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Machine Learning for Social Computing
Zenglin Xu · Irwin King · Shenghuo Zhu · Yuan Qi · Rong Yan · John Yen

Sat Dec 11 07:30 AM -- 06:30 PM (PST) @ Westin: Alpine A
Event URL: http://mlg.cs.purdue.edu/doku.php?id=mlsc2010 »

Social computing aims to support the online social behavior through computational methods. The explosion of the Web has created and been creating social interactions and social contexts through the use of software, services and technologies, such as blogs, microblogs (Tweets), wikis, social network services, social bookmarking, social news, multimedia sharing sites, online auctions, reputation systems, and so on. Analyzing the information underneath the social interactions and social context, e.g., community detection, opinion mining, trend prediction, anomaly detection, product recommendation, expert finding, social ranking, information visualization, will benefit both of information providers and information consumers in the application areas of social sciences, economics, psychologies and computer sciences. However, the large volumes of user-generated contents and the complex structures among users and related entities require effective modeling methods and efficient solving algorithms, which therefore bring challenges to advanced techniques in machine learning. There are three major concerns:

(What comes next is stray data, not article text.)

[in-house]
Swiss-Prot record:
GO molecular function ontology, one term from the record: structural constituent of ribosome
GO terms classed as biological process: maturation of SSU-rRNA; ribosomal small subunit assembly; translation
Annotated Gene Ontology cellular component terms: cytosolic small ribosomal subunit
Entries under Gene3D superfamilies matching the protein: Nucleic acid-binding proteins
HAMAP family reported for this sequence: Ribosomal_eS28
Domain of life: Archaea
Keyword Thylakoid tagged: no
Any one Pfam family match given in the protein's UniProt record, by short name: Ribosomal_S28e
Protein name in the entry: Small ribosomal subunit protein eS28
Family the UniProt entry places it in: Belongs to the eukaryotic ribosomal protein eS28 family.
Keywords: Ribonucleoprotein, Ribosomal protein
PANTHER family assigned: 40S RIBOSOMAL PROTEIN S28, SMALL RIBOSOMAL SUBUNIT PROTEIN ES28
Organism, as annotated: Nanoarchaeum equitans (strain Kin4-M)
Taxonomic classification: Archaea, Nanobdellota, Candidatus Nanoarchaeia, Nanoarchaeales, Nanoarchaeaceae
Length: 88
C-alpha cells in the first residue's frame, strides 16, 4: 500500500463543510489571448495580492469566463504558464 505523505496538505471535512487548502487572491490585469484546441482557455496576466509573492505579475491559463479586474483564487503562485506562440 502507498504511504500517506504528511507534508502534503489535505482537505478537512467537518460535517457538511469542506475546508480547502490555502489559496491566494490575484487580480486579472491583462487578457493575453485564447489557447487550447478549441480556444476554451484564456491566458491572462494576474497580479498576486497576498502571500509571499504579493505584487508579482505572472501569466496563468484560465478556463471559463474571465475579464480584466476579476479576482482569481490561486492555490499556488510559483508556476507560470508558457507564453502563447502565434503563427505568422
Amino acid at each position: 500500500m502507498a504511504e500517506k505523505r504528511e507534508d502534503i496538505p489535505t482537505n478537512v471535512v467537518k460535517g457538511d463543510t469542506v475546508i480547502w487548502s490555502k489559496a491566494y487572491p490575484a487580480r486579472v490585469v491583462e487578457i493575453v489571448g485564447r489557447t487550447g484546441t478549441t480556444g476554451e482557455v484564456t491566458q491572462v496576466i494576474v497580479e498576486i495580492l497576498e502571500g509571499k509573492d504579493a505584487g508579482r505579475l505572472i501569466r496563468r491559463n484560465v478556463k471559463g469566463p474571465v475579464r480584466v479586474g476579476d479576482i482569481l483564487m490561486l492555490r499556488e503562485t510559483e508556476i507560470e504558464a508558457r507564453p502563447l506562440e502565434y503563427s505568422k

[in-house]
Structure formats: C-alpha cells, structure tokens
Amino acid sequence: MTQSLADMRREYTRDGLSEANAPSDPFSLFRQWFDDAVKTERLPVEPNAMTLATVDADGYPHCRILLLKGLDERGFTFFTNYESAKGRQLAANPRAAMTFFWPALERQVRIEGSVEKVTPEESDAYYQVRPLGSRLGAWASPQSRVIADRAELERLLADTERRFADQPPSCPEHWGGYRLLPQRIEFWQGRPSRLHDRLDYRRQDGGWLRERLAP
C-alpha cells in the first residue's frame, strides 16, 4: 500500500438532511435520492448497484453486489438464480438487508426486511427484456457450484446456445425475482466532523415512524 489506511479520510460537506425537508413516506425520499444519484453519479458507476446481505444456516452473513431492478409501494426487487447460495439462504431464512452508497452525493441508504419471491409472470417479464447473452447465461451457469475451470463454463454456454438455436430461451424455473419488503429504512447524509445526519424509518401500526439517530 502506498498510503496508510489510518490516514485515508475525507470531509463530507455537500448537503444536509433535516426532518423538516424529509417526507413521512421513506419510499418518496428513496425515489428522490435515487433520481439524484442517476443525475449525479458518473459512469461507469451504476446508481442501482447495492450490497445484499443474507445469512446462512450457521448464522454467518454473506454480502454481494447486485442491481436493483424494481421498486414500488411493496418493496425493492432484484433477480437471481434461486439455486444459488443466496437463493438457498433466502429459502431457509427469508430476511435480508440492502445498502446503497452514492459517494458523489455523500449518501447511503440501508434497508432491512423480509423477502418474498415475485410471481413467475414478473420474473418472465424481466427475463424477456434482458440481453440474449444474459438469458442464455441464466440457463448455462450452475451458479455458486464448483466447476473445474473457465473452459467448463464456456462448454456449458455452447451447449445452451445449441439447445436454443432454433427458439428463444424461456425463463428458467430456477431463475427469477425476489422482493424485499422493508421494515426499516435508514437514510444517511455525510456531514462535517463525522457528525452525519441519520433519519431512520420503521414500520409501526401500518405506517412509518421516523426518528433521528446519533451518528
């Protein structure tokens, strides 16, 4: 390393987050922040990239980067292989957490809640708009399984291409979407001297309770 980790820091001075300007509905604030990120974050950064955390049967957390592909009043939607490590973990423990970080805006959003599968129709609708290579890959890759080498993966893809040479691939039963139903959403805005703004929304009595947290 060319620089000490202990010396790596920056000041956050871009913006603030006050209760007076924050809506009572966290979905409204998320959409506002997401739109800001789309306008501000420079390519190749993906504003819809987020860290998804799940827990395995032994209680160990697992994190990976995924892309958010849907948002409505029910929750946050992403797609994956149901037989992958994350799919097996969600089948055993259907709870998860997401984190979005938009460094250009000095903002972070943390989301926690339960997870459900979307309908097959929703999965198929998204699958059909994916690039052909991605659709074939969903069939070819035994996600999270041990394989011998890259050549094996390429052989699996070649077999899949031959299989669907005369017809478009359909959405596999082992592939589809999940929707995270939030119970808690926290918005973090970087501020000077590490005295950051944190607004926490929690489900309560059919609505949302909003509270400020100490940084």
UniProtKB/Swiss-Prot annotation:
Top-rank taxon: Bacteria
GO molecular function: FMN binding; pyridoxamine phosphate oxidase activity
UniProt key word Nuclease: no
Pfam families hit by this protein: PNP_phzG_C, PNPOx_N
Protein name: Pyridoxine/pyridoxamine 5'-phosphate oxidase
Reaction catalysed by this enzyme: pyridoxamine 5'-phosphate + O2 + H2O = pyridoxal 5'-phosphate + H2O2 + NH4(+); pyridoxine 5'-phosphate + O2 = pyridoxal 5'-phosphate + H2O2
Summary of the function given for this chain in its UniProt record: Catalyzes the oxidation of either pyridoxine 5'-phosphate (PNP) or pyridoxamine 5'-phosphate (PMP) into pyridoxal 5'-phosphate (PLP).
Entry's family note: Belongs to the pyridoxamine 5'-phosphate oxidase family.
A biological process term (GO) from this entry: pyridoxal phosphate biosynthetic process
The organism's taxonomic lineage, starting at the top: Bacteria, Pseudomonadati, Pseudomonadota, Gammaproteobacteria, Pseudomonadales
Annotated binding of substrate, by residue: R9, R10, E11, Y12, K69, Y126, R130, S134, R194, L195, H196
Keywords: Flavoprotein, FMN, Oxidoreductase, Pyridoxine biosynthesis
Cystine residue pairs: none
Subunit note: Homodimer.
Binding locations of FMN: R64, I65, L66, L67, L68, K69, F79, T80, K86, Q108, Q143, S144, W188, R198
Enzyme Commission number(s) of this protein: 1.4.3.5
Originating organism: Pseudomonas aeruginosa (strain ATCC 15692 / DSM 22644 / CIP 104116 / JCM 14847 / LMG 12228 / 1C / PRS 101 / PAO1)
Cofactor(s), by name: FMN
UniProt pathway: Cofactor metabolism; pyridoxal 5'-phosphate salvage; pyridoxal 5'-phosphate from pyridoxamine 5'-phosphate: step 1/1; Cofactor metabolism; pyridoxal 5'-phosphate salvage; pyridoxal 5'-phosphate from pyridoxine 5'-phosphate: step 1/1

1. How to effectively and accurately model the related task as a learning problem?
2. How to construct efficient and scalable algorithm to solve the learning task?
3. How to fully explore and exploit human computation?

This workshop aims to bring together researchers and practitioners interested in this area to share their perspectives, identify the challenges and opportunities, and discuss future research/application directions through invited talks, panel discussion, and oral/poster presentations.

We invite papers solving the problems in social computing using machine learning methods, such as statistical methods, graphical models, graph mining methods, matrix factorization, learning to rank, optimization, temporal analysis methods, information visualization methods, transfer learning, and others.

Author Information

Zenglin Xu (University of Electronic Science & Technology of China)
Irwin King (Chinese University of Hong Kong)
Shenghuo Zhu (NEC Laboratories America)
Yuan Qi (Purdue university)
Rong Yan (Facebook)
John Yen (Penn State University)

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